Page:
Ron Ben-Yishai, a leading Israeli commentator, argues that decision makers in Tel Aviv know that Hamas is an extension of the Muslim Brotherhood and therefore they expect that Israel's ability to strike Hamas after conditions settle in Egypt will be limited. The assumption is that Egypt, under the Brotherhood, will not tolerate any Israeli step towards attacking the Gaza Strip, which makes the rulers of Israel want to take the initiative and quickly strike Hamas now.
There is another reason why Tel Aviv wants to hasten the attack on Gaza, essentially because there is an increasing chance that US President Barack Obama's will win a second term. Ari Shavit, a prominent Israeli analyst, states that decision makers in Israel anticipate that Obama will take a harder stance towards Netanyahu's government because it embarrassed him on purpose and unashamedly manipulates differences in US domestic politics. Also, because he realises that the conduct of Netanyahu's government has greatly harmed US interests in the region.
Shavit added that Netanyahu knows that he will be Obama's spoilt child until US presidential elections are held in November 2012, because the latter needs Jewish votes and campaign funds. But everything will change if Obama wins a second term because he will be free of re-election restraints. Hence, Netanyahu's government knows that it must quickly carry out any missions that require strong US support before the US elections to ensure Obama's backing, including a strike against Gaza. Some Israeli circles believe that if a final decision is taken to launch a military attack on Gaza or Hizbullah or Iran, this must happen before next November.
Retired Colonel Gabi Siboni, director of the Military and Strategic Affairs Programme at the Institute for National Security Studies in Israel, believes that international and regional conditions do not allow for a root solution such as missile attacks or destroying the infrastructure and human resources responsible for resistance operations in the Gaza Strip.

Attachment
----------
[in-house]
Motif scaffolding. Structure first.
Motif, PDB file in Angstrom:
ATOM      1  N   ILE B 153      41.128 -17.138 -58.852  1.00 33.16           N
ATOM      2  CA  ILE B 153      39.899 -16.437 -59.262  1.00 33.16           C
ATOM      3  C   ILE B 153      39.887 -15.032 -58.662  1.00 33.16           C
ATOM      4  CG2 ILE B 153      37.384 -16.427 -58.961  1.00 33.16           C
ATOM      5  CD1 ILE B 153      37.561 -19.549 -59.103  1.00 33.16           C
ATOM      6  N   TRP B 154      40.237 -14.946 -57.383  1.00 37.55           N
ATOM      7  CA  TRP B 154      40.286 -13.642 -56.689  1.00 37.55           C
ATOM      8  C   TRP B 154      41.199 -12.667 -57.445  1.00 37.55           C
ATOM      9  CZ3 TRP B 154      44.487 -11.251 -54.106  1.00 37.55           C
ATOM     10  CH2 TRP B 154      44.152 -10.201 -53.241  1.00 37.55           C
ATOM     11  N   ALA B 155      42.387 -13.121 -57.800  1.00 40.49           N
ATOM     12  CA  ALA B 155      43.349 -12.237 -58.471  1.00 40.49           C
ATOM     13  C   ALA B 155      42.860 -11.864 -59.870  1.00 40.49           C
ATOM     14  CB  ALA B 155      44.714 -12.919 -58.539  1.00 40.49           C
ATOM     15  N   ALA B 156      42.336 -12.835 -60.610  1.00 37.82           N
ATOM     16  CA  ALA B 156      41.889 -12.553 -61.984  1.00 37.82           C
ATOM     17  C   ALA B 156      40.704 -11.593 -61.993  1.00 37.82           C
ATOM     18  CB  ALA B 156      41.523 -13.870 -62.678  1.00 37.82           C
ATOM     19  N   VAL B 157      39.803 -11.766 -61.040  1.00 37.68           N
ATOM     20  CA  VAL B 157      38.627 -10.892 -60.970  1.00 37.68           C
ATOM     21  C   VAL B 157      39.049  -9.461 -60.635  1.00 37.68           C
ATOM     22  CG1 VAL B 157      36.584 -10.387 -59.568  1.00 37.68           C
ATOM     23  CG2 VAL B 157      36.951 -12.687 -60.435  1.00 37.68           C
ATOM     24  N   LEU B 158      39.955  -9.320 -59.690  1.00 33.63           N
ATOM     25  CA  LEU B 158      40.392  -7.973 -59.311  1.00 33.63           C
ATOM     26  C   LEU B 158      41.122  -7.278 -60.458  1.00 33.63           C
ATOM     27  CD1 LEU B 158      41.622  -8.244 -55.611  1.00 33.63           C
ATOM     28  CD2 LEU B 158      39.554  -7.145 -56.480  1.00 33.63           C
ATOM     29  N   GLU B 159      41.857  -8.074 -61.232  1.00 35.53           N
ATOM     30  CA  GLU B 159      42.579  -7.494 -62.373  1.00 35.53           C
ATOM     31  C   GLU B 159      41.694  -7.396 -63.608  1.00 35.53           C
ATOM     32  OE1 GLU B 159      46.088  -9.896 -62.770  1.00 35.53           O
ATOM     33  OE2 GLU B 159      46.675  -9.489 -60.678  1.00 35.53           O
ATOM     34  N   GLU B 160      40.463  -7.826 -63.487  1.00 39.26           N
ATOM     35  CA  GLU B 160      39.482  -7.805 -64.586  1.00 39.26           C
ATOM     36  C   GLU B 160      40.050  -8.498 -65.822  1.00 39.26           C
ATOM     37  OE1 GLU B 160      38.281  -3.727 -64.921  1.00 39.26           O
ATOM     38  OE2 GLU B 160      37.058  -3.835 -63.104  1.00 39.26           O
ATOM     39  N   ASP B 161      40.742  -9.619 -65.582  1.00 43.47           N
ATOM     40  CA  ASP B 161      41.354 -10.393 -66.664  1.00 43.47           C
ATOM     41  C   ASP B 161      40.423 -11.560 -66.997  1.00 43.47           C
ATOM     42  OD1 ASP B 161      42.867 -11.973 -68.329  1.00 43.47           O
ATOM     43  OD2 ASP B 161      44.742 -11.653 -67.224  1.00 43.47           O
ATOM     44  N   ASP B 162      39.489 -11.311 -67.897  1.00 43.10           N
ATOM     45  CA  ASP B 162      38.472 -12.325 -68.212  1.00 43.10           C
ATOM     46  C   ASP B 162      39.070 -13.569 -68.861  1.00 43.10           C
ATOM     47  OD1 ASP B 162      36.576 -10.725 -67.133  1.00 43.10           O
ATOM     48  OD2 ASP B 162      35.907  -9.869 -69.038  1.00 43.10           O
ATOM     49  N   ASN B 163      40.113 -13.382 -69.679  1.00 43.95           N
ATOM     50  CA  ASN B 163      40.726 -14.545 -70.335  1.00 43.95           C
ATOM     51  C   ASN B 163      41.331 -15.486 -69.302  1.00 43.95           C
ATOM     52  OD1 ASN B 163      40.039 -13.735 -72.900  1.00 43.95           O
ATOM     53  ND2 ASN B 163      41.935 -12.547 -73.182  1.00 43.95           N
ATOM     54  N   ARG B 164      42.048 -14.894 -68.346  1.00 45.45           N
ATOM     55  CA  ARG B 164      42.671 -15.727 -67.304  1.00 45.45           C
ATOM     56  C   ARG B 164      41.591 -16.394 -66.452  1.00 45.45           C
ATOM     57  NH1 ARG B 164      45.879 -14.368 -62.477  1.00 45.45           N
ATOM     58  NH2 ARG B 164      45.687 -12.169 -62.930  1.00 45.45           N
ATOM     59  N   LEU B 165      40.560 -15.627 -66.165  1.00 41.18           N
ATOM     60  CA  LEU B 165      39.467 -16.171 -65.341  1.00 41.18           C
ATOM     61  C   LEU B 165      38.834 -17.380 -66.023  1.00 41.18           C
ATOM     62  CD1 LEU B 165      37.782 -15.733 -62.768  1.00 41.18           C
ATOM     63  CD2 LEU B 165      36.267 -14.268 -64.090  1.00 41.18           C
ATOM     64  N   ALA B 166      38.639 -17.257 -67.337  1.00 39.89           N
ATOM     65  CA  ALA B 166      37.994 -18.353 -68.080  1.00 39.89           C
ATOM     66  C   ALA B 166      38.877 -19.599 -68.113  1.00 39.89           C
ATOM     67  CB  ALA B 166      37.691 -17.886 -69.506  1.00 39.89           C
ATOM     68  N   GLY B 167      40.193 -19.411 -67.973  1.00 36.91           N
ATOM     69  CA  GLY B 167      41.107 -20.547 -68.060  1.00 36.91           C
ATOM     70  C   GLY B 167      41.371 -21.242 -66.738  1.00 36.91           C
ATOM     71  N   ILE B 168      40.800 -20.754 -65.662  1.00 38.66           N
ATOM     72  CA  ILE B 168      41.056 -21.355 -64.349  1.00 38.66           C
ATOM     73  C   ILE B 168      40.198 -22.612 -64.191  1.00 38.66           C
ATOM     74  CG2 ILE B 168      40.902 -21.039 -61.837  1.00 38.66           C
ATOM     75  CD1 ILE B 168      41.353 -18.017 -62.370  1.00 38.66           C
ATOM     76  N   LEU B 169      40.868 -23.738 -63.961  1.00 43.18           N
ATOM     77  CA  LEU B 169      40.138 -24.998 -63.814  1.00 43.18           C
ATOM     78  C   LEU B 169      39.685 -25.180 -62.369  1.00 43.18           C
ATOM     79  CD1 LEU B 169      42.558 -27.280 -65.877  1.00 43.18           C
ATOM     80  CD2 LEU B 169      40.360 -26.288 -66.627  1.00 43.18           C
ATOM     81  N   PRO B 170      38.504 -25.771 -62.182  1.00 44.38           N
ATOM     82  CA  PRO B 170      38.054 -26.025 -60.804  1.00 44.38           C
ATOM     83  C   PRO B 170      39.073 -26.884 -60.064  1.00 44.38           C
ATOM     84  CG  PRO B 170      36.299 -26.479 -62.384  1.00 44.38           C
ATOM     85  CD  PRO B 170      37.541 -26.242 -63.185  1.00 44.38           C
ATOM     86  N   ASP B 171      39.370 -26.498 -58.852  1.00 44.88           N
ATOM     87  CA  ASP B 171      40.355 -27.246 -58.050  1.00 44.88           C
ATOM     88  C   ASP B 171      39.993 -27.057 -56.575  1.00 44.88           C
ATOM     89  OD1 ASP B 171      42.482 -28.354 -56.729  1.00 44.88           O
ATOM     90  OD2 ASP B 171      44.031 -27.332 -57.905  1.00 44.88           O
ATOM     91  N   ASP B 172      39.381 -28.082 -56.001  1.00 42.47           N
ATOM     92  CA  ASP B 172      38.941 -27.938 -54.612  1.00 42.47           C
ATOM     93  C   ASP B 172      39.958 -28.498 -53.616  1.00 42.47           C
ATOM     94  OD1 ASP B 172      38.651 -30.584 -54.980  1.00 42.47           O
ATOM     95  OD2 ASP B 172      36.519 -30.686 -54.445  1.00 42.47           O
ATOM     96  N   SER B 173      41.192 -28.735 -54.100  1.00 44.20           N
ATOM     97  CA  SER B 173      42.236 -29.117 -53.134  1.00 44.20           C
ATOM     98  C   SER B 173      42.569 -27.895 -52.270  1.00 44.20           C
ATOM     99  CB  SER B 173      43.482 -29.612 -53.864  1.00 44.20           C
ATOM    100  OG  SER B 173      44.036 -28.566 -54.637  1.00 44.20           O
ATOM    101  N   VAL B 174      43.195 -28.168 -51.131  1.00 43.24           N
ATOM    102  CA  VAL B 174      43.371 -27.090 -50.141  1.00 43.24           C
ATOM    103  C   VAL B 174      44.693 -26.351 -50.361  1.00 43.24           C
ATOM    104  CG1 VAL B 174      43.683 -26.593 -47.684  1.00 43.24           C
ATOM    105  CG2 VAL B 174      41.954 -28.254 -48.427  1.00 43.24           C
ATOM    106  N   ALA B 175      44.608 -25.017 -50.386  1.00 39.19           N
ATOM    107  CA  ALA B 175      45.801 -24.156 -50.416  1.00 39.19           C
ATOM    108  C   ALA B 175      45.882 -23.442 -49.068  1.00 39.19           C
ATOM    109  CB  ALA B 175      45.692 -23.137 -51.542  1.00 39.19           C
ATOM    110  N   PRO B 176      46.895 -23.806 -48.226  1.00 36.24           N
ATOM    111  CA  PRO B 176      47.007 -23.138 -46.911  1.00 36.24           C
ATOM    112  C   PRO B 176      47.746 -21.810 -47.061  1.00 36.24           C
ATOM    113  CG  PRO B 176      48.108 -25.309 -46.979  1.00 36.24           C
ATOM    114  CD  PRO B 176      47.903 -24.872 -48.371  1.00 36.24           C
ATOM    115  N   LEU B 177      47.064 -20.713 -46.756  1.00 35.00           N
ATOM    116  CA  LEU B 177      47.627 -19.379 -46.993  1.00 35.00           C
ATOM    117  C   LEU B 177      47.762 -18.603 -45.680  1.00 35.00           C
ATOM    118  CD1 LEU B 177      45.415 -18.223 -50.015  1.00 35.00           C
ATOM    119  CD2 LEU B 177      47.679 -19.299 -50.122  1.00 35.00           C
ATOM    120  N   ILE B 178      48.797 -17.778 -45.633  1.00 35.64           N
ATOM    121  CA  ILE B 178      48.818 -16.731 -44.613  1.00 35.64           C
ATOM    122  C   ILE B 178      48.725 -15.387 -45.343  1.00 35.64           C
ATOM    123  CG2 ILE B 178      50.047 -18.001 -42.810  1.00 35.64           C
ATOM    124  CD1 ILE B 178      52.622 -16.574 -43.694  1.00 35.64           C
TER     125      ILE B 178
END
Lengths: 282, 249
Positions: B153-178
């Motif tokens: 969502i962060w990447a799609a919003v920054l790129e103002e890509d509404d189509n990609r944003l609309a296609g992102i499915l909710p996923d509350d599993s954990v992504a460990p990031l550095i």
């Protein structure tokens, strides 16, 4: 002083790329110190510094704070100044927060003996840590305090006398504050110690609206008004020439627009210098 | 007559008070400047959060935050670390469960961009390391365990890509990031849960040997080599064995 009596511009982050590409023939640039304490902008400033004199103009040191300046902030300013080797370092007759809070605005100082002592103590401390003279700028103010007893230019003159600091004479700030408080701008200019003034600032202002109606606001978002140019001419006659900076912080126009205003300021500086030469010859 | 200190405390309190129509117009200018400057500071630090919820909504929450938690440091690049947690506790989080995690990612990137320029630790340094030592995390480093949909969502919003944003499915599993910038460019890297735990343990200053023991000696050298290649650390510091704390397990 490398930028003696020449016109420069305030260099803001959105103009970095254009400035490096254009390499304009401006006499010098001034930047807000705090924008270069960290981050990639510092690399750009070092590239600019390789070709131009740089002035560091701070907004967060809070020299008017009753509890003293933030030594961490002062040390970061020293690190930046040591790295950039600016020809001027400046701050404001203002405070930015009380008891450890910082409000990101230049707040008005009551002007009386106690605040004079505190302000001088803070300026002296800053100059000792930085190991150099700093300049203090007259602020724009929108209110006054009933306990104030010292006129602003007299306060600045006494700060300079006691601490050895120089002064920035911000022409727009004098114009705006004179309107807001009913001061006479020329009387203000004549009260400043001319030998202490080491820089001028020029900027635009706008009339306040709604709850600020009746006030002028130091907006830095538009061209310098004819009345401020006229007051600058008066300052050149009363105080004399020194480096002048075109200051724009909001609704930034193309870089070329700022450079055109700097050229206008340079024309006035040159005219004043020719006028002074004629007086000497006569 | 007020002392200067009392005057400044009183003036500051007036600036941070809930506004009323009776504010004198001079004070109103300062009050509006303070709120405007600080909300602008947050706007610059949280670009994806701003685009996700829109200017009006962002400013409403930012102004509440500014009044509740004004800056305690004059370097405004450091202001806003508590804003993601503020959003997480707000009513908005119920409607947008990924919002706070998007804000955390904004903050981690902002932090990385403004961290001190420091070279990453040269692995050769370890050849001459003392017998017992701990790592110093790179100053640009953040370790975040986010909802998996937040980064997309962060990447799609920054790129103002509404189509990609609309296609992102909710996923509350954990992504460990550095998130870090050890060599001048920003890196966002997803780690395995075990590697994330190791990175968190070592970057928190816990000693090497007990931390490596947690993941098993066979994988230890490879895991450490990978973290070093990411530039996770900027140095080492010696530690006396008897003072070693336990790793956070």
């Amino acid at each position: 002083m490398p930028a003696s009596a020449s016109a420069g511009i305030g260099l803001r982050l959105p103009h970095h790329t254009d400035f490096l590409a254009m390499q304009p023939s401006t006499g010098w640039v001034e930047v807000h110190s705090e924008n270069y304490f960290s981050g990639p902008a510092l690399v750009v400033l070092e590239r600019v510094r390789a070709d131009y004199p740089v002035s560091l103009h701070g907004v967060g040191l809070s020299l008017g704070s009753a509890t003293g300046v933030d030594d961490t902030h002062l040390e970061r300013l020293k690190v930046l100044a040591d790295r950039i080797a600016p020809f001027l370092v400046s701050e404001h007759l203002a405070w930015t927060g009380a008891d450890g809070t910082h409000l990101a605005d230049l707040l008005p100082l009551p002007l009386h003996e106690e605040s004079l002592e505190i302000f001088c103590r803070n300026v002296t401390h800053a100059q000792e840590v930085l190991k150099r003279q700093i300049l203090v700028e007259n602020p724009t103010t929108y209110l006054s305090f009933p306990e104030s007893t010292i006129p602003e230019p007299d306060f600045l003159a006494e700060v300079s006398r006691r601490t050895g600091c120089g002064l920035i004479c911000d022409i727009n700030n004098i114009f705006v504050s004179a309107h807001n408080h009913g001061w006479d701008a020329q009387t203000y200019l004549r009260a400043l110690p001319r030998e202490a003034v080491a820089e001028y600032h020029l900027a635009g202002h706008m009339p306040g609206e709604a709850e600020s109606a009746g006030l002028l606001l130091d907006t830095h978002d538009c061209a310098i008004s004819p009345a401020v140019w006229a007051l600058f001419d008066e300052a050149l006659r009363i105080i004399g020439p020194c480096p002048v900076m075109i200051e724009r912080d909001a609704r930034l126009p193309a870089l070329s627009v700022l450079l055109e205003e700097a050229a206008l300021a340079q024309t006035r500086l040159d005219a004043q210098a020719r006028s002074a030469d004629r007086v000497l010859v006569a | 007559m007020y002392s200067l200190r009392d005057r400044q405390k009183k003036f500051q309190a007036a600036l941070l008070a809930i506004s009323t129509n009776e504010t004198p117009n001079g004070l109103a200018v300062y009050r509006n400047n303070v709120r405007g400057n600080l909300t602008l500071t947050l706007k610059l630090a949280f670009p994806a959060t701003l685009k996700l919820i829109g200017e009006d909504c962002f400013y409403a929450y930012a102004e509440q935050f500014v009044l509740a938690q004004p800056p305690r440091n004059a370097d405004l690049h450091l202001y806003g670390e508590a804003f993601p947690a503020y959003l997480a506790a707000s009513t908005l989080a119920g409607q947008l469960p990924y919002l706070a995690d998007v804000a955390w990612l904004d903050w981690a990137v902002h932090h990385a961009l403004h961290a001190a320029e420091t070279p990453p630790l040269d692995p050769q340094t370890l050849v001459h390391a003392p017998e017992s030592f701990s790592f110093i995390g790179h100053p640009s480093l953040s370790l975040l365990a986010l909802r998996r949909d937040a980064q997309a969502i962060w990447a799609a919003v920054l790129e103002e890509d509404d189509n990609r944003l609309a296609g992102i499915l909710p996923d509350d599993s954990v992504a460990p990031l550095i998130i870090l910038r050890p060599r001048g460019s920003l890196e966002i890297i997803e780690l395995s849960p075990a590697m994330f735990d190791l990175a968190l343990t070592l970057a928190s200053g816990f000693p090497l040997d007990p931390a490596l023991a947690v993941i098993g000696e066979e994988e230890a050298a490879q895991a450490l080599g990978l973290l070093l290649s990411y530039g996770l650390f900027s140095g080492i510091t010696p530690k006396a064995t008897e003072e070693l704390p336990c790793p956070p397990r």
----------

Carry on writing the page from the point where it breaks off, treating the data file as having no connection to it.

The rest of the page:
Also, political action is on hiatus and cannot result in understandings that would result in two key goals. First, restoring Israel's deterrence capability in light of its erosion at the end of the war Israel launched against Gaza at the end of 2008. Achieving this goal requires carrying out an overwhelming military strike against the "enemy" that would require it a long time to recover.
Siboni stated that the second goal is to limit the duration of the military campaign, especially by curbing the damages Israel would suffer. This requires long and difficult training on how to quickly eliminate the capabilities of Palestinian groups to launch rockets by taking control of areas where rockets are launched.
In order to limit the damage in Israel resulting from a military campaign, Siboni suggested strengthening the civic Israeli front to withstand rocket attacks by building electronic and actual shields around settlements that are expected to be the primary targets of rocket attacks.
Israeli leaders realise that achieving these goals requires working inside residential areas, since the Gaza Strip has the highest population density in the world. This means that achieving the above goals would result in immense damages for Palestinian civilians. But Tel Aviv knows that its international standing is at rock bottom and it is politically damaged since the last war on Gaza as a result of a very strong response to the Israeli onslaught, especially from Western public opinion.
Further complicating matters for Israel is the fact that Arab public opinion in the wake of democratic revolutions shows a heightened interest in Israel's actions, and will pressure Arab rulers to take action against Israel. Therefore, it is obviously in Israel's interest not to kill a large number of civilians in its coming attacks. Some Israeli military sources are even suggesting the evacuation of Palestinian civilians in all areas that will be targeted, to reduce damages, allowing the military campaign to proceed with minimal international and regional opposition.